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American Woman on Paramount Network

‘American Woman’ Tackles Issues with ’70s Style & Timeless Humor

American Woman premieres tonight on Paramount Network, and fans of everything from Mad Men to Golden Girls and even Real Housewives will find something to love about this ensemble comedy set in vintage ’75 Beverly Hills, complete with feathered hair and exquisite (if slightly questionable) fashion. Paramount Network’s second original scripted title following the hit drama Waco, this latest debut bodes well for the channel’s bold new direction, which also includes the launch of Kevin Costner’s Yellowstone in a mere two weeks.

Visually, the production quality of Thursday night’s newest series is simply stunning. Just as Mad Men made audiences long for sleek ’60s modern, American Woman offers up an equally inspiring visual feast of opulent ’70s chic. But don’t let the sets and costumes fool you: there’s definitely substance beneath the style.

As Bonnie, Clueless’s Alicia Silverstone plays a brassy mother with a Southern (maybe martini) drawl who struggles to support her children in the midst of a marriage crisis. However, Bonnie finds plenty of love and encouragement in her closest pals and confidantes, the Rose Nylund-ish Kathleen and Dorothy Zbornak-ish Diana (Mena Suvari and Jennifer Bartels). Cheyenne Jackson rounds out the main cast as Greg, Kathleen’s closeted boyfriend who’s as overeager to share that closet with Bonnie’s pool boy as he is to share in Kathleen’s abundant finances.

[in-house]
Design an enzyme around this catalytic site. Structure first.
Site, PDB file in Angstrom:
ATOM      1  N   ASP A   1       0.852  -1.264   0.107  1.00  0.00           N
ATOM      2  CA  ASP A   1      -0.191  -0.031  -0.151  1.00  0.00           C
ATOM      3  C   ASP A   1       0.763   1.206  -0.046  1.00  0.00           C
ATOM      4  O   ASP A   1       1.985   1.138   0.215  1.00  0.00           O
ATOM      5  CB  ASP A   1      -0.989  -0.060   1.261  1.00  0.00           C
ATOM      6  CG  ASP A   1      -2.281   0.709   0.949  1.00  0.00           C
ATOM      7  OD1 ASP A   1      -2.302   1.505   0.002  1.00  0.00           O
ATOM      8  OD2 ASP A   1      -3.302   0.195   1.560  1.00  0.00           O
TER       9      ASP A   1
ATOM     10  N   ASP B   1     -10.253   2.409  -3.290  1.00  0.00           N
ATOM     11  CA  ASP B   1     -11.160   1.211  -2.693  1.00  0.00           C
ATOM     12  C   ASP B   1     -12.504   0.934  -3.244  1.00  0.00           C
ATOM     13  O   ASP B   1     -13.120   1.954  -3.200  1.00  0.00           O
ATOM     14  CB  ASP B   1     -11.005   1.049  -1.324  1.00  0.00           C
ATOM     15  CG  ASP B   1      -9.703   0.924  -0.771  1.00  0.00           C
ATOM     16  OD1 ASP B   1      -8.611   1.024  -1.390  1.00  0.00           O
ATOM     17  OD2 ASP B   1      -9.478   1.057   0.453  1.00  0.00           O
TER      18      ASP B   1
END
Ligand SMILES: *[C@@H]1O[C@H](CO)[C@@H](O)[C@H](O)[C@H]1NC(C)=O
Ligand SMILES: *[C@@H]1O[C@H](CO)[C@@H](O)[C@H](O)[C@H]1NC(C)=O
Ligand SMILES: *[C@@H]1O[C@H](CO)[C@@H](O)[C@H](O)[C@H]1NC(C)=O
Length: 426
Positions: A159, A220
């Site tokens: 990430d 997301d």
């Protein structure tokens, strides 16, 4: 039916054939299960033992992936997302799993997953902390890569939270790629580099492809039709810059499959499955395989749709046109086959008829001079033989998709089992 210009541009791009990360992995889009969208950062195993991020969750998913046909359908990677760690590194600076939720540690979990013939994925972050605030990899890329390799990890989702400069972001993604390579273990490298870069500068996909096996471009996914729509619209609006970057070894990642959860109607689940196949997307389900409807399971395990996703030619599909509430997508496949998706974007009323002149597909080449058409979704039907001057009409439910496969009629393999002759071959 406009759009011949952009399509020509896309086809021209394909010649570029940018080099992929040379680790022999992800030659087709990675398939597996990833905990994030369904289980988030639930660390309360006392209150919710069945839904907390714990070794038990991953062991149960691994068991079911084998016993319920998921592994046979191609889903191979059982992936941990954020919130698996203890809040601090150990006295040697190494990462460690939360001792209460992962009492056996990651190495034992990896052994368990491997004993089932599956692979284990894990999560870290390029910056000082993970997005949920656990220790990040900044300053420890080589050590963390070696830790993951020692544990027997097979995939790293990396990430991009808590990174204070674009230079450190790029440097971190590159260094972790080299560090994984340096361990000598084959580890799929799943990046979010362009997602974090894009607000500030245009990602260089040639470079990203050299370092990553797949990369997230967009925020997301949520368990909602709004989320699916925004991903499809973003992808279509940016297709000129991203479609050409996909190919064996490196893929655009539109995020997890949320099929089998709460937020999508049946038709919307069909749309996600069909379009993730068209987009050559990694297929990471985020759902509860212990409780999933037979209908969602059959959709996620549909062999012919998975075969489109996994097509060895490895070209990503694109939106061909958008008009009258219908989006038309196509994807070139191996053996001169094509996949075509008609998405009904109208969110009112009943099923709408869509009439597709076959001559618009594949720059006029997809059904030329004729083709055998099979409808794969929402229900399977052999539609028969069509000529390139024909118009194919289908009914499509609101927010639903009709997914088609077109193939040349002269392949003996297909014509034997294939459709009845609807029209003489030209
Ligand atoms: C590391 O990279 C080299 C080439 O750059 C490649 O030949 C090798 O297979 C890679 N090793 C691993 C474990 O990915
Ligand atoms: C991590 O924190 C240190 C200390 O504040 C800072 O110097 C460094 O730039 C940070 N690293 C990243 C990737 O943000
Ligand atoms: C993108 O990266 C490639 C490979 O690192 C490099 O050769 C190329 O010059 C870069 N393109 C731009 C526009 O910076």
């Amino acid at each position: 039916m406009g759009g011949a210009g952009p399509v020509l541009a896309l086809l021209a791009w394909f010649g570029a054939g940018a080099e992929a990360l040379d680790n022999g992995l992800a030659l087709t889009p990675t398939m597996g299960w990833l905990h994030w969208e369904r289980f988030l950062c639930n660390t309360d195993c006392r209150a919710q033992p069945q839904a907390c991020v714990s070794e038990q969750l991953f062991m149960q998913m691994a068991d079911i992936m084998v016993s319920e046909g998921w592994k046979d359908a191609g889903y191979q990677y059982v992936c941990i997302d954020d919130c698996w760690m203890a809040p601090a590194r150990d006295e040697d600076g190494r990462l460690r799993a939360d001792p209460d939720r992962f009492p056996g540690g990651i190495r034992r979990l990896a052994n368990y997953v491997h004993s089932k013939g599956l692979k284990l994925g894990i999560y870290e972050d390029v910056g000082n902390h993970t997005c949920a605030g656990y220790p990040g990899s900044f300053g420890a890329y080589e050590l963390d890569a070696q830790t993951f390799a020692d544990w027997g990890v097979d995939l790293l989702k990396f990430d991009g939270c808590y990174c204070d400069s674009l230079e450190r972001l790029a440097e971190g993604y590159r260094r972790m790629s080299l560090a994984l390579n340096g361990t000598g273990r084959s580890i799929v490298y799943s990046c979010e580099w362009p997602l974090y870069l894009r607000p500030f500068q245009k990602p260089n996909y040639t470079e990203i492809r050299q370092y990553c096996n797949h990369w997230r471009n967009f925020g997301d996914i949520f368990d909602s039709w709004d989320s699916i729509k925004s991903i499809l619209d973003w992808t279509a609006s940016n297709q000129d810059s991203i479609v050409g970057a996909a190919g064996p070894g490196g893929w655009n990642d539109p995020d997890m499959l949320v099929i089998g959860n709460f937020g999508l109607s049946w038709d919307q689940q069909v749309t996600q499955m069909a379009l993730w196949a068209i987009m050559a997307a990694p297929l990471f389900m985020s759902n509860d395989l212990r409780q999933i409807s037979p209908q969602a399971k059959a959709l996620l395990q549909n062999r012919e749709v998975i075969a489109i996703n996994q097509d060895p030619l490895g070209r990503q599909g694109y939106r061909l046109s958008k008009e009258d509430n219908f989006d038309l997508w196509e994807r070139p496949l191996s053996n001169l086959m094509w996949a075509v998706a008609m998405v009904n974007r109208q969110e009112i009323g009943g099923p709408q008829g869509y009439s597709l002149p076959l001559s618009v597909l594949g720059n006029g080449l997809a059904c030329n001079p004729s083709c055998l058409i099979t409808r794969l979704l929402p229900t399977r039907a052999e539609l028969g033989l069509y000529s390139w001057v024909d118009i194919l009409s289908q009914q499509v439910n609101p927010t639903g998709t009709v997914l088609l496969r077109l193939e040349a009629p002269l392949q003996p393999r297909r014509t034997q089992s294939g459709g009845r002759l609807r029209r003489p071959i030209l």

Inspired by the childhood of The Real Housewives of Beverly Hills star Kyle Richards – rather, the experiences of Richards’ mother as part of the stalwart generation of liberated housewives free to put down the cocktail shaker and pick up a paycheck – the series explores the lives of Bonnie, Kathleen, and Diana (and Greg) and the ever-changing world around them with humor and honesty. Similarly, the pilot for Golden Girls originally featured Blanche, Rose, and Dorothy, plus a gay houseboy named Coco, though there’s nothing unwise about learning from yesteryear’s greats. The best character dynamics are universal; the best themes, too, keep their relevance. American Woman may be set in the ’70s, but even after decades of progress some difficult issues the show addresses remain, regrettably, timeless.

Luckily for today’s audiences, American Woman is wise enough to find the humor in life’s persistent uncertainties and injustices, just like every great show that’s come before it.

Don’t miss the premiere of American Woman tonight at 10pm ET on Paramount Network.

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